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New Year's revelers bid adieu to year of conflicts, celebrity deaths

Times Square security

As 2016 draws to a close, revelers around the world are bidding a weary adieu to a year filled with political surprises, prolonged conflicts and deaths of legendary celebrities.

How people are ushering in the new year:


New Year’s celebrations turned violent when an armed assailant opened fire at a nightclub in Istanbul, wounding several people, a state-run news agency said. 

People run away from a nightclub where a gun attack took place during a New Year party in Istanbul, Turkey, on January 1, 2017. Ismail Coskun/Ihlas News Agency via REUTERS

Private NTV television said more than one assailant may have been involved in the attack. The attacker or attackers are believed to have entered the nightclub disguised as Santa Claus, the station reported. 

Security measures had been heightened in major Turkish cities, with police barring traffic leading up to key squares in Istanbul and the capital, Ankara. In Istanbul, 17,000 police officers were put on duty, some camouflaged as Santa Claus or street vendors. 

Ankara and Istanbul have been targeted by several attacks in 2016 carried out by the Islamic State group or Kurdish rebels, killing more than 180 people. 

Neslihan Dogruol, a restaurant owner in a chic Istanbul neighborhood, said she hopes for peace in 2017 following a year filled with “unrest and death.” 

“2016 affected everyone badly,” she said.

New York City

An estimated 2 million people ushered in the new year in Times Square, screaming and kissing as the glittering crystal ball dropped.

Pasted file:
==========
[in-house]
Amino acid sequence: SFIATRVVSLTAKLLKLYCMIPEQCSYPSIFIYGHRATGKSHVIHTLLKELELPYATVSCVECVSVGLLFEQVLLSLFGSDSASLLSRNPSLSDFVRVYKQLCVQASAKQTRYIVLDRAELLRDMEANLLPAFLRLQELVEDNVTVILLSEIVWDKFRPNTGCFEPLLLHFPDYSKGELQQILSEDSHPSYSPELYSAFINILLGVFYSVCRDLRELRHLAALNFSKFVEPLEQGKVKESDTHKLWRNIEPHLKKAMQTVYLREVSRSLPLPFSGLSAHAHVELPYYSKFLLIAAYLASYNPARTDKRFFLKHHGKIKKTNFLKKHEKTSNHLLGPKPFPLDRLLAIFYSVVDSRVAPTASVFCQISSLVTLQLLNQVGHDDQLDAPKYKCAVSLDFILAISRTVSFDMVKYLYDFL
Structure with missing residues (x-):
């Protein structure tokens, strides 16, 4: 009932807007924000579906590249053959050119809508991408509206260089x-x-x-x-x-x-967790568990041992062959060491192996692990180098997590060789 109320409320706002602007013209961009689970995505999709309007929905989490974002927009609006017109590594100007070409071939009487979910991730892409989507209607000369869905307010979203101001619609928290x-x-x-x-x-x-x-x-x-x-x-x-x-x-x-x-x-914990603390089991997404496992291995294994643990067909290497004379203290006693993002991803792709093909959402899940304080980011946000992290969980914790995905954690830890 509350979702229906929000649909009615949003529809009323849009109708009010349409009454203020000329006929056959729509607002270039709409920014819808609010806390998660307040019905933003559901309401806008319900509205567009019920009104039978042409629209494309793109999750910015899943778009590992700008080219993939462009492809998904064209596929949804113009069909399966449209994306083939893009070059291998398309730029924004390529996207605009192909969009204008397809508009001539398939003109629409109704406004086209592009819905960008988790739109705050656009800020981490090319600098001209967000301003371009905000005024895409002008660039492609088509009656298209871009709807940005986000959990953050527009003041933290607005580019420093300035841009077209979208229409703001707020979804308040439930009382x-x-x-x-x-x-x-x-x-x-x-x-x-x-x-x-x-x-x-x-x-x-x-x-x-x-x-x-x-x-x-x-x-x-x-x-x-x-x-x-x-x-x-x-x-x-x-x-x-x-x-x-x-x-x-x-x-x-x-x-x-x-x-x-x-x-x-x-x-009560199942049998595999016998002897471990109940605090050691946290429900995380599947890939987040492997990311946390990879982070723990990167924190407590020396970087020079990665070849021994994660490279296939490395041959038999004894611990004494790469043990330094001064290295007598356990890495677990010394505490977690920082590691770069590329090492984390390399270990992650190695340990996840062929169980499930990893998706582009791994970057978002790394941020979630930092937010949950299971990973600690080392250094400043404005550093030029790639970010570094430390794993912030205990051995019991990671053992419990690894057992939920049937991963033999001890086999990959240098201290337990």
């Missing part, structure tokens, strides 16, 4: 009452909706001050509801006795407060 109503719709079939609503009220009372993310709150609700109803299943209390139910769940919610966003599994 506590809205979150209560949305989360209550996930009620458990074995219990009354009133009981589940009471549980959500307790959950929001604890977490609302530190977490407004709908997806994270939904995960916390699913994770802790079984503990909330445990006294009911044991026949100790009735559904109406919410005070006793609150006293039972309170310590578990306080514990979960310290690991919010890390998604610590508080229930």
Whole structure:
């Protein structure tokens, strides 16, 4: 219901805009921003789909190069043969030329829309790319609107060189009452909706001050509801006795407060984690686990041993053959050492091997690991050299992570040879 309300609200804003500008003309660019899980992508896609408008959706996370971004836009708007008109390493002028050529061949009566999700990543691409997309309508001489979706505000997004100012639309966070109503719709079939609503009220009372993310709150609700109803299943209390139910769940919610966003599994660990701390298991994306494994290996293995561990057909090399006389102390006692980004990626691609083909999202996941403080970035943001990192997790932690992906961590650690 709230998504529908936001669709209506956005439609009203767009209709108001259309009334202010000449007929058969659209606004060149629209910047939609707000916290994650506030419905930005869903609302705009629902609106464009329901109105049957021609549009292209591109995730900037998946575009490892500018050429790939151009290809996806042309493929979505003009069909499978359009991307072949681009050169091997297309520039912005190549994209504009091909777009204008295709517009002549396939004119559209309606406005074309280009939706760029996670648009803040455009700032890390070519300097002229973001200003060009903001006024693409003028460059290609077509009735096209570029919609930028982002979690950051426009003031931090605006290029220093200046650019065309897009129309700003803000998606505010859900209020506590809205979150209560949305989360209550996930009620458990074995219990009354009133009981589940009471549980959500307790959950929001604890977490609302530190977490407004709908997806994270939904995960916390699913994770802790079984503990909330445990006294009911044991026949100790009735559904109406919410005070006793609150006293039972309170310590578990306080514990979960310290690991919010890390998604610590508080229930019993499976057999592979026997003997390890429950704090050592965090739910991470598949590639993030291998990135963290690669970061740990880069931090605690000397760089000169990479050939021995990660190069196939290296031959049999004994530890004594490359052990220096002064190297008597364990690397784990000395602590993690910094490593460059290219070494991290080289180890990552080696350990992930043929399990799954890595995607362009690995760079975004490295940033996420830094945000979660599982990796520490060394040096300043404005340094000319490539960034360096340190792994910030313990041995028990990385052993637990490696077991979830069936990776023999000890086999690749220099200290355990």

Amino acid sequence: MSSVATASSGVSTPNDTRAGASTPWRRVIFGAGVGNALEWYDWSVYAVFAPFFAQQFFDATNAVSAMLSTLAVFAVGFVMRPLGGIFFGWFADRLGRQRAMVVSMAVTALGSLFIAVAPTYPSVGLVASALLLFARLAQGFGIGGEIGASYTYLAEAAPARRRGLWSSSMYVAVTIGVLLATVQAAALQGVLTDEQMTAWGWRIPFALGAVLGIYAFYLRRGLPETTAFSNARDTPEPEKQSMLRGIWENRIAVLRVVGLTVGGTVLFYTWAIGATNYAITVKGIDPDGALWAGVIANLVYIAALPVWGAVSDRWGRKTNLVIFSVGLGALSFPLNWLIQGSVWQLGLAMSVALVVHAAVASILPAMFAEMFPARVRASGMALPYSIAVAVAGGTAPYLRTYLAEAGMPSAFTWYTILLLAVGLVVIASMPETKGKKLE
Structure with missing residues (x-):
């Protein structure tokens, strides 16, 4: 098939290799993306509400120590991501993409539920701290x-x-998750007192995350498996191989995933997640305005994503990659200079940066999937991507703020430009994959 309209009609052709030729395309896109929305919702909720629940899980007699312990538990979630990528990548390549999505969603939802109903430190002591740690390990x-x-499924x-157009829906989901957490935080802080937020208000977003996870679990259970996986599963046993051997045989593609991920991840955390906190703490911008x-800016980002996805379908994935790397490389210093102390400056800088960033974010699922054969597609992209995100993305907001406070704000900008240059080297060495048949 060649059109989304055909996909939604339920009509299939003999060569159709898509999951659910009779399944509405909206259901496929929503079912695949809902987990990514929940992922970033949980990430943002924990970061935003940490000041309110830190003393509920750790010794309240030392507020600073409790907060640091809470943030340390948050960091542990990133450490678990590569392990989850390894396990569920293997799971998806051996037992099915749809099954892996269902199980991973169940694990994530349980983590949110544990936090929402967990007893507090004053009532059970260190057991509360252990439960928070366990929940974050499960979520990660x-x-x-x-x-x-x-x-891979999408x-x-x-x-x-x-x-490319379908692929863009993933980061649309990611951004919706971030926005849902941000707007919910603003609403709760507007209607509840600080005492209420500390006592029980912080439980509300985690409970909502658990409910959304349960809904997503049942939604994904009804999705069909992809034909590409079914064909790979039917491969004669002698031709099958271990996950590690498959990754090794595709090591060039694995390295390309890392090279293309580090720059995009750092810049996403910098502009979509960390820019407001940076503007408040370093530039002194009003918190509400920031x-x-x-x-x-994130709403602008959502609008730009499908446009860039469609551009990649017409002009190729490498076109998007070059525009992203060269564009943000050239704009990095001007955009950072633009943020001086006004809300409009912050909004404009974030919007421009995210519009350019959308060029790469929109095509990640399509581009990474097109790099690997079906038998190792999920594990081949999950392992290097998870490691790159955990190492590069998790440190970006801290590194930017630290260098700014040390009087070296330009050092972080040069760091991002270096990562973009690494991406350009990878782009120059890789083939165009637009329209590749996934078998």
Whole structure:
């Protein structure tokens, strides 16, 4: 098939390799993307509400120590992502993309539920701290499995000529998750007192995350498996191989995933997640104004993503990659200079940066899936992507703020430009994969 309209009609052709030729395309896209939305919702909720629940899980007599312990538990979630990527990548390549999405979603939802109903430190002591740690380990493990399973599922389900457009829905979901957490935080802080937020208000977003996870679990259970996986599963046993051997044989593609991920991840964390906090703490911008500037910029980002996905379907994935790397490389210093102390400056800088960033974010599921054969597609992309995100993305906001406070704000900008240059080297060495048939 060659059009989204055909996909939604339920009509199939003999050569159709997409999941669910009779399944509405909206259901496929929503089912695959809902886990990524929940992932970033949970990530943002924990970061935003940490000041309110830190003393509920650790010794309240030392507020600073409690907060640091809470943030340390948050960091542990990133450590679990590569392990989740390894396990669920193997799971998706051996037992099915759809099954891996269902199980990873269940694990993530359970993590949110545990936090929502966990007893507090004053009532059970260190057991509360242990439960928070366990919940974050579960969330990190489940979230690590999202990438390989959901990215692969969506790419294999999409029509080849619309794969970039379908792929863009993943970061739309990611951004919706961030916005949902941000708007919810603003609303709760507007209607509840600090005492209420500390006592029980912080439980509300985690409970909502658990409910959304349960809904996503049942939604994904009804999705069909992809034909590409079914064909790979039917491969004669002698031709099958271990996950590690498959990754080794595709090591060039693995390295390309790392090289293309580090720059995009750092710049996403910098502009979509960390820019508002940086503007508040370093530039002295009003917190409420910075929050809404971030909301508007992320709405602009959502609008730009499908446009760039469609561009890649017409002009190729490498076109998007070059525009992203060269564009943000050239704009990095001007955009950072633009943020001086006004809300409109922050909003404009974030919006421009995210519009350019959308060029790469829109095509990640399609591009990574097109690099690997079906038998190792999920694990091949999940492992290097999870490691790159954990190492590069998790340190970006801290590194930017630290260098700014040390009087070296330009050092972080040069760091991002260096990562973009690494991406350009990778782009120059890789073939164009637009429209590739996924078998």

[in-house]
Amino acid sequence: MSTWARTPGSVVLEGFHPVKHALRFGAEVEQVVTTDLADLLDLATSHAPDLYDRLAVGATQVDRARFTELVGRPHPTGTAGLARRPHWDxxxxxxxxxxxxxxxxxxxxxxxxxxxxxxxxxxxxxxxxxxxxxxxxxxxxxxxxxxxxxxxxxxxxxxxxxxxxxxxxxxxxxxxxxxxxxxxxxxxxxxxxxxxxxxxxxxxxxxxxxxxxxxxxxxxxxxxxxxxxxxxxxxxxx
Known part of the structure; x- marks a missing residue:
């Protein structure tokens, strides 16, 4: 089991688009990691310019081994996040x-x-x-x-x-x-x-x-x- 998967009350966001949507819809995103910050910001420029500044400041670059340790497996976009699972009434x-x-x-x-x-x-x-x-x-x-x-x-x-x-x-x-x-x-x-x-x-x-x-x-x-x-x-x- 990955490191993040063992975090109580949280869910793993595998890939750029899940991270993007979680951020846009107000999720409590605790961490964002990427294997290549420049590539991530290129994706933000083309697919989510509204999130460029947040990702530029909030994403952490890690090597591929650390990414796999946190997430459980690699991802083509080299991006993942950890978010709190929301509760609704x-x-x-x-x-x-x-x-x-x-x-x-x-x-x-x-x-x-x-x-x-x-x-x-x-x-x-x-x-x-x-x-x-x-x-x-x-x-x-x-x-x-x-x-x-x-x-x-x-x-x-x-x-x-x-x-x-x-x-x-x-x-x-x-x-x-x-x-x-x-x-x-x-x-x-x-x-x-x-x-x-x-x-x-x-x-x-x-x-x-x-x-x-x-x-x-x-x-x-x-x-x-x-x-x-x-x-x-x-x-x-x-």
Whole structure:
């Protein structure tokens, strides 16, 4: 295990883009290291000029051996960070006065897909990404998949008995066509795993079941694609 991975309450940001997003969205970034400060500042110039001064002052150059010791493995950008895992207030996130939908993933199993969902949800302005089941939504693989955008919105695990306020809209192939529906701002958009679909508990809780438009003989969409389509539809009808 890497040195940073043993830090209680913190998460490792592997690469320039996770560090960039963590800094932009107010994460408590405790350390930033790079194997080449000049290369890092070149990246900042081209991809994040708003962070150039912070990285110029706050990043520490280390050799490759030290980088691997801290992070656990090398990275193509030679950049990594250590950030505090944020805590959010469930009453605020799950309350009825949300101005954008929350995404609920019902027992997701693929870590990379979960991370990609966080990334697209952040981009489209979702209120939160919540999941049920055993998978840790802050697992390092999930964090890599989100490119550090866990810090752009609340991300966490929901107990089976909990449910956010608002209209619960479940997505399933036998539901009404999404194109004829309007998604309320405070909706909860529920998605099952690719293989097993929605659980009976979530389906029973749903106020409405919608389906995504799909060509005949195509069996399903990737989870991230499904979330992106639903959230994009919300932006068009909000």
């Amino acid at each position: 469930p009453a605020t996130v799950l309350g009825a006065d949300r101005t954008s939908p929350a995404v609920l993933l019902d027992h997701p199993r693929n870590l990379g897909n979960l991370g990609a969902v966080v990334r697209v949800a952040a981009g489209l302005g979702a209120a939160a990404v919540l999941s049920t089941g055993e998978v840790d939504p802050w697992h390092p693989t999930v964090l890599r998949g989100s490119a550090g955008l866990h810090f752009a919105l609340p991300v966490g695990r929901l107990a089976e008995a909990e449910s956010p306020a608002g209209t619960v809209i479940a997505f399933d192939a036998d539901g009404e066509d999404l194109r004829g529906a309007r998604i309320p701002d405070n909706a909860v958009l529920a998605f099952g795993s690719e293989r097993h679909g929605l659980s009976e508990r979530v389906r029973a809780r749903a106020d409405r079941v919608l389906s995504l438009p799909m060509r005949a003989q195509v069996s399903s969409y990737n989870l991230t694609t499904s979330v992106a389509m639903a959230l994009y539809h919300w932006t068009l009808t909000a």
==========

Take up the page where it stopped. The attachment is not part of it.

And millions more tuned in to watch Mariah Carey’s botched performance.   

Throngs arrived several hours ahead of time for the massive festivities. When night fell, the crowd watched as workers raised and lit the Waterford crystal ball high above One Times Square — to the accompaniment of “Fanfare for the Common Man.”

The crowd was later treated to performances by Gloria Estefan and Joe Jonas’ band DNCE, among others. Many revelers said there was nowhere else they would want to be.

“(I said), ‘I’m going to New York to watch the ball drop, yeah,’ and I’m here!” said Theresa Abraham of Arlington, Virginia.

After a very long wait, many revelers said it was worth it.

“Probably not again, but like it’s a bucket list item,” said Ammon Orgill of San Francisco. “You have to do it once. It’s so fun. The energy here is like out of control. You’re just like with tons of other crazy people – it’s totally worth it!”


Sydney sent up a dazzling tribute to 2016’s fallen icons with a New Year’s Eve fireworks display honoring the late singer David Bowie and late actor Gene Wilder, becoming the first major city to bid a bittersweet adieu to a turbulent year.

The glittering display over Sydney’s famed harbor and bridge featured Saturn and star-shaped fireworks set to “Space Oddity,” the classic song by Bowie - one of the seemingly endless parade of beloved entertainers who died in 2016.

Wilder was also honored as the bridge lit up in a rainbow of colors while a song from Wilder’s famed film “Willy Wonka and the Chocolate Factory” played.

“This year, sadly, we saw the loss of many music and entertainment legends around the world,” fireworks show co-producer Catherine Flanagan said. “So celebrating their music as part of Sydney New Year’s Eve fireworks displays is an opportunity to reflect on the year that has been and what the future may hold.”

Las Vegas

Brides walking to wedding chapels fielded warm wishes from strangers on the sidewalk and a cover band gave slot players a soundtrack to usher in the new year in Las Vegas. 

More than 300,000 visitors are expected to descend on Las Vegas for an extravagant party that features some of the biggest names in music and an eight-minute fireworks show launched from the tops of half a dozen casinos, CBS affiliate KLAS reports

 federal officials have ranked the celebration just below the Super Bowl and on par with the festivities in Times Square, CBS affiliate KLAS reports. FBI and Secret Service agents will work alongside local police departments that are putting all hands on deck for the big night.